The Hill Times, the Ottawa based newspaper that covers all things politics, has published its annual Aerospace Briefing, along with a full page ad from the Don’t Let Go Canada Coalition.
The full page ad is on page 3 of today’s print edition. The ad, an open letter, is addressed to the Prime Minister, along with the Minister of Finance Bill Morneau and ISED Minister Navdeep Bains. It is signed by AIAC President and CEO Jim Quick, Unifor National President Jerry Dias, CATA Alliance President and CEO John Reid, Engineers Canada President Annette Bergeron, Western University President Amit Chakma, and SEDS-Canada President Roxy Fournier. You can read the letter below or download it here.
The letter opens by saying “Canada’s current leadership role in the global space sector and our potential involvement in the exciting new space economy – which is today worth over $500 billion and is growing fast – are at risk” and goes on from there.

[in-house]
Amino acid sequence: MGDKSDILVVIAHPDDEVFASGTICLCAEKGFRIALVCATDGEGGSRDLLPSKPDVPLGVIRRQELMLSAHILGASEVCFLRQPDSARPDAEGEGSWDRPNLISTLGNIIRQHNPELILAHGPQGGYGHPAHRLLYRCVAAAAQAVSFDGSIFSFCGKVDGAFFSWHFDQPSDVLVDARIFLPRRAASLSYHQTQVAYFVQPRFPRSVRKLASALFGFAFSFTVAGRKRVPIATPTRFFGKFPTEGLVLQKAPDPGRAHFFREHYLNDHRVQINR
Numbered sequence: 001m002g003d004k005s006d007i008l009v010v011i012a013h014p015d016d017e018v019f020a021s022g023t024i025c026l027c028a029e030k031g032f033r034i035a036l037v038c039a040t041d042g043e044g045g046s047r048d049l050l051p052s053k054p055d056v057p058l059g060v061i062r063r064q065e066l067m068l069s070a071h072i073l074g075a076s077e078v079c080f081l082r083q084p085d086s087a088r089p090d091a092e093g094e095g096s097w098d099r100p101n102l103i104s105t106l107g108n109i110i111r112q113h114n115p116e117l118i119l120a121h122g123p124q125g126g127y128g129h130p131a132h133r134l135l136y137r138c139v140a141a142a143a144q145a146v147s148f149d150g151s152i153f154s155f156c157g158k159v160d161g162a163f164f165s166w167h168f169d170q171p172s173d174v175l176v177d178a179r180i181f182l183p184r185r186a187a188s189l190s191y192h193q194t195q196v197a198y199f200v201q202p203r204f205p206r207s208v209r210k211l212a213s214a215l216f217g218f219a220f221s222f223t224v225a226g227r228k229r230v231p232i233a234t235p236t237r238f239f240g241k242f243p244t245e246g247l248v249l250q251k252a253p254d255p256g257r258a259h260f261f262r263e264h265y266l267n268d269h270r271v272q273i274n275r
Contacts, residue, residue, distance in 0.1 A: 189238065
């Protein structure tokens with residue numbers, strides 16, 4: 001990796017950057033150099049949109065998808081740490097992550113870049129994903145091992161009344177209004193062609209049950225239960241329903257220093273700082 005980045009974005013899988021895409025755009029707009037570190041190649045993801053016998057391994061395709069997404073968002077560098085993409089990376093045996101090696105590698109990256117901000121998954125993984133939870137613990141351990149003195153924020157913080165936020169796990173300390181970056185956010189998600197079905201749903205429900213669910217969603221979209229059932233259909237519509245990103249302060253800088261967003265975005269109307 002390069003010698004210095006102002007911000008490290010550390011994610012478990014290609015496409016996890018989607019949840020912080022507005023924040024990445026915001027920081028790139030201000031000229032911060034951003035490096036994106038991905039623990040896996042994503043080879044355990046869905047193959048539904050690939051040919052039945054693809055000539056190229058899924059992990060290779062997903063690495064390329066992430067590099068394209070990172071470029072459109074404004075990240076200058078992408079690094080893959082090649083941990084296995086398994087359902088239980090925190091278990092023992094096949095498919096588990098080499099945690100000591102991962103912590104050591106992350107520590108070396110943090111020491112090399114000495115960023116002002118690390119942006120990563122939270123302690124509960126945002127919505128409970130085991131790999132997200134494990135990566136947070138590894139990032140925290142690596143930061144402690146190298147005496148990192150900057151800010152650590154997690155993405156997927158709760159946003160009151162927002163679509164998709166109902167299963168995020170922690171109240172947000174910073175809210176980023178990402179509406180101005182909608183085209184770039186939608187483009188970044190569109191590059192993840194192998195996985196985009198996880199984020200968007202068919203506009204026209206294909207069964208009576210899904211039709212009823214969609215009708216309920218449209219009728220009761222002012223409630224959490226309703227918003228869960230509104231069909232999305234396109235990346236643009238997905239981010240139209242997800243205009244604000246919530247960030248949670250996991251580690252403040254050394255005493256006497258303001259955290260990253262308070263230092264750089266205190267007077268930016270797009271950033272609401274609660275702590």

The letter is just another in a series of measures the Coalition is taking to get their message across to decision makers. The public has also been seeing messages on buses in Ottawa and in movie theatres during the screening of First Man in select cities.
The Aerospace briefing
The full page ad was timed to be coincide with the annual Aerospace Briefing published by the Hill Times.
That section of today’s paper is available as a free download (PDF) from the Hill Times website.
Unlike many previous Aerospace Briefings in the paper, this one covers the space sector almost exclusively, there’s little aeronautics coverage.
The Briefing includes eight articles and two opinions. The opinions are from ISED Parliamentary Secretary David Lametti and Paul Meyer, a former Canadian diplomat, and founding member of the new Outer Space Institute at UBC. Meyer is also affiliated with the Simons Foundation and Simon Fraser University.
While the inclusion of an opinion piece by Lametti is welcome, it was, as you might expect, the usual message from someone in government today. In other words, rote, nothing new.
There’s also a Q&A with Minister Bains, unfortunately there was nothing new in his responses.
The Aerospace Briefing will primarily benefit those not involved in the space sector or regularly informed of what’s happening. Which is in part, the point.